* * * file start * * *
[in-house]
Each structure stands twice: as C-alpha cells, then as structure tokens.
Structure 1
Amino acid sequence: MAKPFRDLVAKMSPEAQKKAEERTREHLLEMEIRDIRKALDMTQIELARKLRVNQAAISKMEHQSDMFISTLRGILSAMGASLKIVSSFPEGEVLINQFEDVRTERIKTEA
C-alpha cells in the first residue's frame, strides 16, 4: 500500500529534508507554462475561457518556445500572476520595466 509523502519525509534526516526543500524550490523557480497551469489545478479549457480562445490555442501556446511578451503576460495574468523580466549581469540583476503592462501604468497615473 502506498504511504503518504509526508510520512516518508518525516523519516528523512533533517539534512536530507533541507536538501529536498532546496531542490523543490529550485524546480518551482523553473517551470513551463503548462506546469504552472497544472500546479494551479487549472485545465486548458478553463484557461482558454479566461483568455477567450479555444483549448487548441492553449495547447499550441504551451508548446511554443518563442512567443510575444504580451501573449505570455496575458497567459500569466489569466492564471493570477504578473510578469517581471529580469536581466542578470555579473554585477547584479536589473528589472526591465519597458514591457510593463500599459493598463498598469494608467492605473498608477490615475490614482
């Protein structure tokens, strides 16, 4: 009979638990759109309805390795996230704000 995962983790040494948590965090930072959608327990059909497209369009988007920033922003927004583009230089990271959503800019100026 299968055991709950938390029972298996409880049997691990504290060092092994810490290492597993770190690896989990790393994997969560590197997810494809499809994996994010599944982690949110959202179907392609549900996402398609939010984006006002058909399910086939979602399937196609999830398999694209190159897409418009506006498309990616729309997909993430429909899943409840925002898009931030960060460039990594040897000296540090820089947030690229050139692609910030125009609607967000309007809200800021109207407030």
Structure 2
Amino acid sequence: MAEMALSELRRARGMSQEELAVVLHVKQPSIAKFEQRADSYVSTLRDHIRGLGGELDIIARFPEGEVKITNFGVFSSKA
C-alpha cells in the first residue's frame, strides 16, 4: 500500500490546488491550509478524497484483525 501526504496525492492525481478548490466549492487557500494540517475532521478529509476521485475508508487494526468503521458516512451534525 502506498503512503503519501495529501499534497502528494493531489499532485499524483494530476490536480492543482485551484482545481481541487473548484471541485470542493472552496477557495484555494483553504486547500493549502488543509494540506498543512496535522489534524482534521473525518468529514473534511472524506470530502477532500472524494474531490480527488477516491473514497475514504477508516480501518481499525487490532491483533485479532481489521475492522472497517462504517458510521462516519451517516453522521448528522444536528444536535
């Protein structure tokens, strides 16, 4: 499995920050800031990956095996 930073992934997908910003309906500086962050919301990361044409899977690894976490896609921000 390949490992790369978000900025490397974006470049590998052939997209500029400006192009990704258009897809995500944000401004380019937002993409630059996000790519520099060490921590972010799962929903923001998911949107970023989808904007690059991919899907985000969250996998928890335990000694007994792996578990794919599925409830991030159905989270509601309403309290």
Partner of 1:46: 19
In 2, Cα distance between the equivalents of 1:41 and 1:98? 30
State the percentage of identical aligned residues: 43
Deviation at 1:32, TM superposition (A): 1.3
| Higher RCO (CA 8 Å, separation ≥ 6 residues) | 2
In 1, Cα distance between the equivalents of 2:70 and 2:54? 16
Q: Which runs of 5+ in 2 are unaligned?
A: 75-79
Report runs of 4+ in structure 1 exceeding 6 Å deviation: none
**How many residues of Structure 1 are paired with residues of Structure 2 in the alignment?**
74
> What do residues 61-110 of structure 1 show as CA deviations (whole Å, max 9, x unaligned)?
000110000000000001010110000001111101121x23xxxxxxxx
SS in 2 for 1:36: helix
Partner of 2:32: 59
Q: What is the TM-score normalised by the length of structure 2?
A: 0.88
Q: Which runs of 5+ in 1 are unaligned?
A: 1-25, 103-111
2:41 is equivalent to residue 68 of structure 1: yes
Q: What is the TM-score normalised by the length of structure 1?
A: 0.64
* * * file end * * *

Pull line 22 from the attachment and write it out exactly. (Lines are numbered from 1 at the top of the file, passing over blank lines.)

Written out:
> What do residues 61-110 of structure 1 show as CA deviations (whole Å, max 9, x unaligned)?